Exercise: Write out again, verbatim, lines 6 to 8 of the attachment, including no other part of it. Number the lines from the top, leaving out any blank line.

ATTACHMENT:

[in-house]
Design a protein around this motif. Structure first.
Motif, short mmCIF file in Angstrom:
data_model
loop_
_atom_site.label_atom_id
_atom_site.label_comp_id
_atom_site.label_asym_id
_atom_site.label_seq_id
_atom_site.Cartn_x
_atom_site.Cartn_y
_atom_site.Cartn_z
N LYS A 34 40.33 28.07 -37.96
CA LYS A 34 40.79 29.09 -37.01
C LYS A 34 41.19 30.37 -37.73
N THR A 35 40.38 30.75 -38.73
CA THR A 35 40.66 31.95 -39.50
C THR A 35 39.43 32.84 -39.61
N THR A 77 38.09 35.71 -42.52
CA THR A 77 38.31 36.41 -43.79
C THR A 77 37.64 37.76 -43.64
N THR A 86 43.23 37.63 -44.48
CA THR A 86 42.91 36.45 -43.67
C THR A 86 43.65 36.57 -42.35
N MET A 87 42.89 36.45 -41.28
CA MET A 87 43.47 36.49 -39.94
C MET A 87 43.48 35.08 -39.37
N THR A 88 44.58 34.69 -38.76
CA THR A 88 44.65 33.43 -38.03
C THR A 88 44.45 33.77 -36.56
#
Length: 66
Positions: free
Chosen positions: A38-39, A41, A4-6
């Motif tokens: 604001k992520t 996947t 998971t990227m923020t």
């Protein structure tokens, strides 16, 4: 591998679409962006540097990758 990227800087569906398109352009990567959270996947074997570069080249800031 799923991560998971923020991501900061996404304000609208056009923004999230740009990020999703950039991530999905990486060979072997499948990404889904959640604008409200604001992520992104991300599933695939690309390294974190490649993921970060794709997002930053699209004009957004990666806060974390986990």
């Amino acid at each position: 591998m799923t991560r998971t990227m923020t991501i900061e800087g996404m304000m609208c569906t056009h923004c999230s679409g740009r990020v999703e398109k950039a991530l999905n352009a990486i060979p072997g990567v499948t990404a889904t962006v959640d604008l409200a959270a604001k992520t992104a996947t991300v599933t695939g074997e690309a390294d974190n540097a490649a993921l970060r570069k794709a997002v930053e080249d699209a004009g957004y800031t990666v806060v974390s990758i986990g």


_atom_site.label_atom_id
_atom_site.label_comp_id
_atom_site.label_asym_id